Overcoming virus early beats hepatitis
DRIVING down the number of circulating copies of the hepatitis C virus to undetectable levels in the earliest stages of infection makes it highly likely that the patient will eventually be cured — even among patients who are also infected with HIV.
The findings, the interim results from an Australian study presented to a recent international conference in Italy, suggest that rapid virological response — or RVR, the term used to indicate successful suppression of viral load within four weeks of starting treatment — is just as good a predictor of eventual cure among patients suffering acute hepatitis C infection as it is already known to be among chronically infected individuals.
In addition, the trial — which is still continuing — suggests new treatment options for difficult-to-treat groups such as people with HIV and injecting drug users. Unlike most hepatitis C treatment studies, this research included significant numbers of HIV patients and injecting drug users, and the findings showed RVR was just as good at predicting eventual cure in these as in other patients.
The Australian Trial in Acute Hepatitis C, known by its acronym ATAHC, was funded by the US National Institutes of Health. The interim findings were presented as a poster at the recent annual scientific meeting of the European Association for the Study of the Liver in Milan, where it was voted into the top 10 per cent of the more than 800 poster presentations at the meeting.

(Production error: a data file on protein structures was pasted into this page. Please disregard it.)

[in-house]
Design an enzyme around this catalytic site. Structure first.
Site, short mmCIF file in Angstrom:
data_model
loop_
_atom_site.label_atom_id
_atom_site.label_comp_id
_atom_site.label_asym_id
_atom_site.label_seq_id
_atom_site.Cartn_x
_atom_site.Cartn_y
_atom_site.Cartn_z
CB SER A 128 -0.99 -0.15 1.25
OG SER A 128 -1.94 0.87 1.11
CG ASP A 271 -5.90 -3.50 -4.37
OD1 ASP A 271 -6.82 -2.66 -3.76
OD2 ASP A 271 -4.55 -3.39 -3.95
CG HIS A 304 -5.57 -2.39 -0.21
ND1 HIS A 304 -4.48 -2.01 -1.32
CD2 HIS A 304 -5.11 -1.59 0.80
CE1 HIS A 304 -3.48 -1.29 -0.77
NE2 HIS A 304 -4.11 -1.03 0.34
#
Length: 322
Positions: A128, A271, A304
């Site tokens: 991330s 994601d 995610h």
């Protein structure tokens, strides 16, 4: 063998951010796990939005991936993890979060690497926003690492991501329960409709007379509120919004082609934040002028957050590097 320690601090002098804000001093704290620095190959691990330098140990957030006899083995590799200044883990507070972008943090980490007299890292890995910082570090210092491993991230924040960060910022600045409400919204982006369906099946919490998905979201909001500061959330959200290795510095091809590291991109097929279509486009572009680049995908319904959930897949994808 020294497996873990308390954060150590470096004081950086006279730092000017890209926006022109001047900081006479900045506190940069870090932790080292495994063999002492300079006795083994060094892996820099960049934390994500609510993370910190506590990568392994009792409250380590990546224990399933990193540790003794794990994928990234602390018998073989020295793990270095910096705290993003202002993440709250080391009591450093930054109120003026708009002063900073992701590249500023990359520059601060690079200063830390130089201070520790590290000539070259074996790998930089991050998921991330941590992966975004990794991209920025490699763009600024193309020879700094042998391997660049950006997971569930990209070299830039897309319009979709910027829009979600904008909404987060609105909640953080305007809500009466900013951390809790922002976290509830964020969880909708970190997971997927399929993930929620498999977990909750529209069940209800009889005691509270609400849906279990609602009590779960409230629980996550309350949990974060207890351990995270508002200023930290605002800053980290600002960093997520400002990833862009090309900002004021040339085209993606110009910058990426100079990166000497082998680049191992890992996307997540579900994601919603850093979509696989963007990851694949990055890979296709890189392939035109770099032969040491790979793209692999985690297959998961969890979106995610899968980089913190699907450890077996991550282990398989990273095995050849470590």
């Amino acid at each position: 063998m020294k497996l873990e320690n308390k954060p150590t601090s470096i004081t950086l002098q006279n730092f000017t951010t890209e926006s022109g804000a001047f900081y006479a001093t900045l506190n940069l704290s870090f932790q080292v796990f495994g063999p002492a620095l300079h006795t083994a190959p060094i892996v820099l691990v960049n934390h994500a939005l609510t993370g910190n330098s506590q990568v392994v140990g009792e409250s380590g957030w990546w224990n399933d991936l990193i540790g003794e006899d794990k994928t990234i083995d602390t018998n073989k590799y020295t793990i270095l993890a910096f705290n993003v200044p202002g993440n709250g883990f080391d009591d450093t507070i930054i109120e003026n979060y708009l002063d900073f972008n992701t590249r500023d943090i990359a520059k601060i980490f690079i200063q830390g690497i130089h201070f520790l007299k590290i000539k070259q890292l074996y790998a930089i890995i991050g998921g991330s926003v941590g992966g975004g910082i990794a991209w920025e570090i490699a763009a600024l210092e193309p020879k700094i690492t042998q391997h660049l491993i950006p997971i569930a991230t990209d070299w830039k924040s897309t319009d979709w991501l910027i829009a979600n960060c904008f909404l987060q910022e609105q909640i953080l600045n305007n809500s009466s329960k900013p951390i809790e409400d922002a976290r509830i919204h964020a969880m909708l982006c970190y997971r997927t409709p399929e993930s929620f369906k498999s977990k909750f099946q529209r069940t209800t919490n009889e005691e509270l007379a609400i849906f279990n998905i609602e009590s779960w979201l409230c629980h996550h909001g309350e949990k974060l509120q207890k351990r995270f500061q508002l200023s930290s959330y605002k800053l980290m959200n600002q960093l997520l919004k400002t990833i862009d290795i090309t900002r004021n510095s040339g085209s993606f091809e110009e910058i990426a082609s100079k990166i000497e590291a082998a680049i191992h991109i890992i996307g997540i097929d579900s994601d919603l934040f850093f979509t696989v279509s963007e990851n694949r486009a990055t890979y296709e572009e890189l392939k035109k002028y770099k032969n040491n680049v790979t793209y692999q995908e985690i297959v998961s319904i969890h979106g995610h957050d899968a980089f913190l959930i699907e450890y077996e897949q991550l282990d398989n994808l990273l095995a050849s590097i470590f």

An estimated 264,000 Australians have been exposed to hepatitis C, a blood-borne virus that attacks the liver and left untreated can lead to liver inflammation, cirrhosis and eventually cancer.
Although 25 per cent of people clear the virus naturally, the prognosis for the remaining 75 per cent is more difficult as most will usually experience symptoms such as debilitating fatigue, pain and nausea.
While cure is possible with drug therapy, the drugs are quite toxic and hard to tolerate. Treatment also lasts a year and only works in fewer than 50 per cent of cases. Co-infection with HIV makes it even harder to eradicate hepatitis C.
Sydney-based hepatitis expert Greg Dore, a co-author of the study and who attended the Milan conference, said the message from the ATAHC findings was that if doctors could drive viral levels down to undetectable levels early ‘‘ you can get incredibly good response rates’’.
While 107 patients in the study elected to have treatment for acute hepatitis C, 84 patients continued to the point where they